WINTER DESICCATION

The arctic like weather we experienced a week ago took its toll on some of the greens on the course.  It was the first time in many years that the temperature was below freezing for so many days without a snow cover.  This caused some winter desiccation damage to the greens.

During this time, the greens were frozen down several inches.  The frozen moisture was not available for uptake by the grass plant.  We had a few windy days during this stretch that caused the exposed leaf blades of the grass plants to dry out.  Had we had a snow cover, this would not have happened.

The damage varies from one green to the next.  The greens facing into the sun aren’t as desiccated as those that were shaded or facing away from the sun.  This is because those facing the sun were warmed a little more on the surface during the day, allowing a little thawing on top.  This made a small amount of moisture available to the grass plants on those greens.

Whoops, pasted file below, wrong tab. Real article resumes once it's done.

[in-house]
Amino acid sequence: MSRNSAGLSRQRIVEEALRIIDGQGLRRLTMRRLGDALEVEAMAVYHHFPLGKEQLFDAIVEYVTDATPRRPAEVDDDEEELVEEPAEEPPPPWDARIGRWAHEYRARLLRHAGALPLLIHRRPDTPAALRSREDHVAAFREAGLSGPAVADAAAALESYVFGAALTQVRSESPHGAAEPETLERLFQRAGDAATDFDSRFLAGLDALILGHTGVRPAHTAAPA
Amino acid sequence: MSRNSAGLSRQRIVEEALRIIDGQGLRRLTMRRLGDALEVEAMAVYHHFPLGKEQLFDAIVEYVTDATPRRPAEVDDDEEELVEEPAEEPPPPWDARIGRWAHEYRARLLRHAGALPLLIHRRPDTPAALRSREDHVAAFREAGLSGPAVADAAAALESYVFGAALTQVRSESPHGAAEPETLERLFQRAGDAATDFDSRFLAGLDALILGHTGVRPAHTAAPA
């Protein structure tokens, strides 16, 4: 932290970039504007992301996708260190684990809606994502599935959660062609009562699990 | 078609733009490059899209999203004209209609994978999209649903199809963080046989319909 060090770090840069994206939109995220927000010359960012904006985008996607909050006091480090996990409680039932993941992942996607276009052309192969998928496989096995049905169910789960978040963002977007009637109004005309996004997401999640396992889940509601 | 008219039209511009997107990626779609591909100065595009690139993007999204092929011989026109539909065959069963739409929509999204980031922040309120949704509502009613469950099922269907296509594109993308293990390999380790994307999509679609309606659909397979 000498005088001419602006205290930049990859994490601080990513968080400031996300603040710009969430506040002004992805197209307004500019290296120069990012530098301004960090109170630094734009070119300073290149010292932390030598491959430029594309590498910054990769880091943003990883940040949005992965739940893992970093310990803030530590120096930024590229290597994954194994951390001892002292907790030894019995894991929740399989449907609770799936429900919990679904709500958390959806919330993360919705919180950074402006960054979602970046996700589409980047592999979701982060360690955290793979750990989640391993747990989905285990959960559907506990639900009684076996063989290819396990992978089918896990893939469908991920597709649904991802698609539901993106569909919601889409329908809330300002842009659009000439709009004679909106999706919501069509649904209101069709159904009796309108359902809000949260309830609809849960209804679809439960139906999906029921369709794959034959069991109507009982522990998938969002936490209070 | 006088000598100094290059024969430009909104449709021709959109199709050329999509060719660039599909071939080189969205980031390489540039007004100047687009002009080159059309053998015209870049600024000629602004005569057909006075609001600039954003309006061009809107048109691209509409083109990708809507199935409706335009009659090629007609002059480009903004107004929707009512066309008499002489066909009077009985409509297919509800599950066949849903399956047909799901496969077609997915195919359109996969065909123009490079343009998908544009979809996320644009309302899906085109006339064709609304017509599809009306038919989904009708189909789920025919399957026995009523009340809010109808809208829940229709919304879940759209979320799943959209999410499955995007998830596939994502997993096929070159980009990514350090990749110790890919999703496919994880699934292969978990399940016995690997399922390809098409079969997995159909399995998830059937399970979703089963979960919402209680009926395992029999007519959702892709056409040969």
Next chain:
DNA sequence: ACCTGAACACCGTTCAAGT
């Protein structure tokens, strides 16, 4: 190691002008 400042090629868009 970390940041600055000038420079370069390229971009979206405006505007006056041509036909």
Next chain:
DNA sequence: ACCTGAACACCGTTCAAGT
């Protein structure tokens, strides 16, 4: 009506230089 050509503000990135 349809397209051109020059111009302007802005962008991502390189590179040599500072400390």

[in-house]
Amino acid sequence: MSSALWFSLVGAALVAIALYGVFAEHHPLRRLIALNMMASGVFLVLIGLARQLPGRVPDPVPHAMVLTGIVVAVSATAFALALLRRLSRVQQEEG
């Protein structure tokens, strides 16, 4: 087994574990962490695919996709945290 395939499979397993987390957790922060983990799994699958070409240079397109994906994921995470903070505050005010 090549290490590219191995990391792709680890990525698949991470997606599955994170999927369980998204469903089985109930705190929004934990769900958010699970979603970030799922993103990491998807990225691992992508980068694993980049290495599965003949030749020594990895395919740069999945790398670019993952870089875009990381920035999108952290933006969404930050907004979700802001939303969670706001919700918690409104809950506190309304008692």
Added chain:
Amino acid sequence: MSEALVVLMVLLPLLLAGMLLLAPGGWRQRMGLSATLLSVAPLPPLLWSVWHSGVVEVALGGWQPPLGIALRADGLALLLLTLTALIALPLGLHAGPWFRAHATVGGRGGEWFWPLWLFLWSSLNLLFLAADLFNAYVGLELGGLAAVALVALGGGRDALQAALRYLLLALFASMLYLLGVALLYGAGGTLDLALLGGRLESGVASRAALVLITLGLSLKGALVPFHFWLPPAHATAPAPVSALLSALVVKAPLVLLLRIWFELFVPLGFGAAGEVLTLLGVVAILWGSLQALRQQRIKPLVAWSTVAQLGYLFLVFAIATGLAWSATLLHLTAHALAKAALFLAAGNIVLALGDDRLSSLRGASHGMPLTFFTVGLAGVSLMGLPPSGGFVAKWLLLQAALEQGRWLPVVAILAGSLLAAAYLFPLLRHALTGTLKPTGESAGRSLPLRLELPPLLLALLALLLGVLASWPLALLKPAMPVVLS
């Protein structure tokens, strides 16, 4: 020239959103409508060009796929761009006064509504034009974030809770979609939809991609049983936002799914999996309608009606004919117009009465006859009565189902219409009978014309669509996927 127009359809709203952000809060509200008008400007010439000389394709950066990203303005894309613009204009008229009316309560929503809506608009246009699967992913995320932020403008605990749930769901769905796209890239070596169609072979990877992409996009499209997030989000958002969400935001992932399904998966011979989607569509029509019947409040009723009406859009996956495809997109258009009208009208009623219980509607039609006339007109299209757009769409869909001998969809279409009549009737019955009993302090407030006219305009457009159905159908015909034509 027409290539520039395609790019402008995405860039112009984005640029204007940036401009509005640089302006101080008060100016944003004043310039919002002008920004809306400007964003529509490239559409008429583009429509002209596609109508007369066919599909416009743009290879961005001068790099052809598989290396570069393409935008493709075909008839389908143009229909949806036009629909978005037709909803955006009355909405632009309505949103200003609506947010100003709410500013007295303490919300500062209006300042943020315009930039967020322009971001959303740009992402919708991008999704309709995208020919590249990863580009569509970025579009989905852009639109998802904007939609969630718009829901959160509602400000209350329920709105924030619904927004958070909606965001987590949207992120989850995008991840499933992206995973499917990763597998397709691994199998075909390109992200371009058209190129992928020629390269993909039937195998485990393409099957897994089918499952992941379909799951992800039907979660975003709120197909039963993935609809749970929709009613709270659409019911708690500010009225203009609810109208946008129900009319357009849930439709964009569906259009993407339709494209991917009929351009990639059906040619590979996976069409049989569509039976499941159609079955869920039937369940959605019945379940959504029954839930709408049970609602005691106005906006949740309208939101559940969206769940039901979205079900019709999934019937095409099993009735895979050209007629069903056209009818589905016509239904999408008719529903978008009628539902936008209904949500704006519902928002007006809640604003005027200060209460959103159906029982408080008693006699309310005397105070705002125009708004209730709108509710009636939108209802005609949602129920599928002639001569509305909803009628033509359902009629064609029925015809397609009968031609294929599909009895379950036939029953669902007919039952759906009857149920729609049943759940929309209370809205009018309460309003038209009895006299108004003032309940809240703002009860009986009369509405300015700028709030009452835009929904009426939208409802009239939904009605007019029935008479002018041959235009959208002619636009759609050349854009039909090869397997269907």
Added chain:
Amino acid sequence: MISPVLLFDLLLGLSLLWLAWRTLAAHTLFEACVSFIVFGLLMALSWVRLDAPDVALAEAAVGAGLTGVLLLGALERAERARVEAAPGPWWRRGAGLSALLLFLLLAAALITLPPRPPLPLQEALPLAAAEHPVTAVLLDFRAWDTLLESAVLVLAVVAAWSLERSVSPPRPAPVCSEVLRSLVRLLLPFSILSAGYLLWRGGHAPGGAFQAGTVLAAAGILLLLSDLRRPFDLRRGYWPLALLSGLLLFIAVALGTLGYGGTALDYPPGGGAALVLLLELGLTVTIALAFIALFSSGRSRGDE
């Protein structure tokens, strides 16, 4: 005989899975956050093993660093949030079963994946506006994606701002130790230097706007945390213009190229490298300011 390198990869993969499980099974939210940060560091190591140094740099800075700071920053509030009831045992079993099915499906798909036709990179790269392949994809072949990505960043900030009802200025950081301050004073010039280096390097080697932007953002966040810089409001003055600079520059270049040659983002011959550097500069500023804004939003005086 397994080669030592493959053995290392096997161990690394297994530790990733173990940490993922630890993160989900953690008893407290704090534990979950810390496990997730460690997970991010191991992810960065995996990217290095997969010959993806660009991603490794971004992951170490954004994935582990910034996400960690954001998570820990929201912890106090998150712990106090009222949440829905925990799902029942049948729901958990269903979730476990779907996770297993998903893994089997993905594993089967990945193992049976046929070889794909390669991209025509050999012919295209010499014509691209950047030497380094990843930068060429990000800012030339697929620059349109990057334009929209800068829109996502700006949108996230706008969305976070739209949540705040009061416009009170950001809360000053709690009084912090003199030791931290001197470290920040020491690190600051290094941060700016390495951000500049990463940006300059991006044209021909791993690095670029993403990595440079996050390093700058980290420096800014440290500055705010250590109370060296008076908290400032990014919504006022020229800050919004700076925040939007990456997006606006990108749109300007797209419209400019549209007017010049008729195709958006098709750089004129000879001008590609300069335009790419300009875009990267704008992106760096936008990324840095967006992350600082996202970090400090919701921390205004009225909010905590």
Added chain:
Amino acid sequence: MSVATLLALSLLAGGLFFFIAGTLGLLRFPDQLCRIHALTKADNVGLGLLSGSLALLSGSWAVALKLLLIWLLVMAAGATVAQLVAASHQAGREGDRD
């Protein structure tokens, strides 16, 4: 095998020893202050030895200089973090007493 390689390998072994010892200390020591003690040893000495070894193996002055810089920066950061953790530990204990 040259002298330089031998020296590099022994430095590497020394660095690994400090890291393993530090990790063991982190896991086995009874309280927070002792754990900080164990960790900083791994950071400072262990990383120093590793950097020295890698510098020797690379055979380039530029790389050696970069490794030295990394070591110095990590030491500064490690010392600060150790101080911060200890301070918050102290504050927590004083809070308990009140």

The older greens that have a little more organic matter (such as #17) don’t exchange heat or cold as much as the newer, sandier greens.  These greens didn’t freeze down as far and so more water was available for the uptake into the grass plant.

It appears as though the damage is mostly just “tip burn” and the greens should grow out of this condition.  Unfortunately, growth is slow this time of the year so the recovery may take some time.  We’ve recently fertilized the greens in an effort to speed the recovery time.  I will keep you informed of any further developments.

See you on the course,

Bill Swancutt

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